Cognitive Costs of Chemical Exposure

Impaired memory skills showed in retirees no longer handling potentially dangerous everyday solvents

/ Author:  / Reviewed by: Robert Carlson, M.D Beth Bolt, RPh

(RxWiki News) Certain laundry detergents, wall paints, patio furniture varnishes and other products for indoor and outdoor home upkeep leach sometimes dangerous fumes. Those fumes’ negative health effects may be lasting.

Even after they had retired, former workers at a French electricity company had memory loss and other cognitive symptoms of exposure to chemical solvents they had used on the job, according to a new study.

For some retirees, their exposure ended as much as 50 years ago.

Many of those workplace chemicals are commonly used in homes, whether as degreasers or for sprucing things up.

"Find out if there are harmful chemicals in your home."

The study’s lead author was Erika L. Sabbath, ScD, of Harvard School of Public Health’s Center for Population and Development Studies in Boston.

The subjects of this study by Dr. Sabbath and colleagues included 2,143 retirees from Electricite de France, a government-owned utility company.

Using records from that utility, these researchers calculated the duration and dosage of those retirees' workplace exposure to benzene, chlorinated solvents and petroleum solvents.

Certain plastics, rubber, dye, detergents and other synthetic materials contain benzene. Chlorinated solvents are found in, among other substances, dry cleaning solutions, engine cleaners, paint removers and degreasers. Petroleum solvents are used in carpet glue, furniture polishes, paint, paint thinner and varnish, these researchers wrote.

The study participants were enrolled in Gazel, a health research project tracking 20,000 French utility workers. Of the 20,000, 15,000 Gazel enrollees were men.

Of the 2,143 chemical study participants, 26 percent had been exposed to benzene, 33 percent to chlorinated solvents and 25 percent to petroleum solvents.

In 2010, roughly 10 years after participants retired and when they were, on average, 66 years old, they were put through eight standardized tests of their memory and thinking skills. Those results showed that, on one to three of those tests, 59 percent of study participants showed signs of impaired memory and thinking. On four or more tests, 23 percent participants showed impairment. No impairments were evident in 18 percent of the study participants.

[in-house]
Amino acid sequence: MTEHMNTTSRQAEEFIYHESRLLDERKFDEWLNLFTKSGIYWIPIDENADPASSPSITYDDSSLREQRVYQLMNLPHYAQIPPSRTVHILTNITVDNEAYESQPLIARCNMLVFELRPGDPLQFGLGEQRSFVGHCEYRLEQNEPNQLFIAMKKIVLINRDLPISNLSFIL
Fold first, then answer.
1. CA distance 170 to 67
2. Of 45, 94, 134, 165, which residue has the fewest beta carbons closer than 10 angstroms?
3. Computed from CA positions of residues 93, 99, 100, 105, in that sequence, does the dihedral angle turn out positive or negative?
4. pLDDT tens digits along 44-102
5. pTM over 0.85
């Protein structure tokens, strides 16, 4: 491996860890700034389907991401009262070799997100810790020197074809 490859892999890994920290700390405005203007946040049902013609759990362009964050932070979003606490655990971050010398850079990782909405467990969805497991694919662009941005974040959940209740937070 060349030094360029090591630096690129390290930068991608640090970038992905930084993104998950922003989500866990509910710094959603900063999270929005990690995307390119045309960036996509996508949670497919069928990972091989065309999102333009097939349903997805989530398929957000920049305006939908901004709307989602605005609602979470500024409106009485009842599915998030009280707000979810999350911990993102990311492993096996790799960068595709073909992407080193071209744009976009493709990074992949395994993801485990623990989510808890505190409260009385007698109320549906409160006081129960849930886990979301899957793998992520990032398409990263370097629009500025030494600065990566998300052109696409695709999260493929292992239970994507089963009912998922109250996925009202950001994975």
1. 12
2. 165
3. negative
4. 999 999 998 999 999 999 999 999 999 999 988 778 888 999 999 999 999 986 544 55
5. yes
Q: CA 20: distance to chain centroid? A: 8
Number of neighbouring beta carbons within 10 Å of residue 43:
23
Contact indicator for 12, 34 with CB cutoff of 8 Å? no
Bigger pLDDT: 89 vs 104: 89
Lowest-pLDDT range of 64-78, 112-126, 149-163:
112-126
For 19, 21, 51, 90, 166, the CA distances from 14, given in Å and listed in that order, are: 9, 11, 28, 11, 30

“The people with high exposure within the last 12 to 30 years showed impairment in almost all areas of memory and thinking, including those not usually associated with solvent exposure,” Dr. Sabbath said in a press statement.

She continued, “But what was really striking was that we also saw some cognitive problems in those who had been highly exposed much longer ago, up to 50 years before testing. This suggests that time may not fully lessen the effect of solvent exposure on some memory and cognitive skills when lifetime exposure is high.”

As one example, those with recent exposures to chlorinated solvents were 65 percent more likely than those without recent exposures to those solvents to have test scores reflecting impairments in their ability to remember, to switch between different everyday tasks requiring them to think or to sufficiently recall an image they had seen.

"These findings underscore the importance of testing older individuals and retirees to understand whether [memory] deterioration happens differentially for those with and without solvent exposures," the researchers wrote.

“Of course, the first goal is protecting the cognitive health of individual workers," Dr. Sabbath added. "But protecting workers from exposure could also benefit organizations, payers and society by reducing workers’ post-retirement health care costs and enabling them to work longer. That said, retired workers who have had prolonged exposure to solvents during their career may benefit from regular cognitive screening to catch problems early."

This study was published online May 12 in Neurology.

The French National Research Agency and French Agency for Sanitary Security of Environment Work funded this study. The authors reported that those government agencies had no say in study design, data collection analysis or development of the final report.

Several of the researchers had gotten research grants from the French National Research Agency and, in the United States, the National Institutes of Health.

Review Date: 
May 9, 2014
Last Updated:
May 13, 2014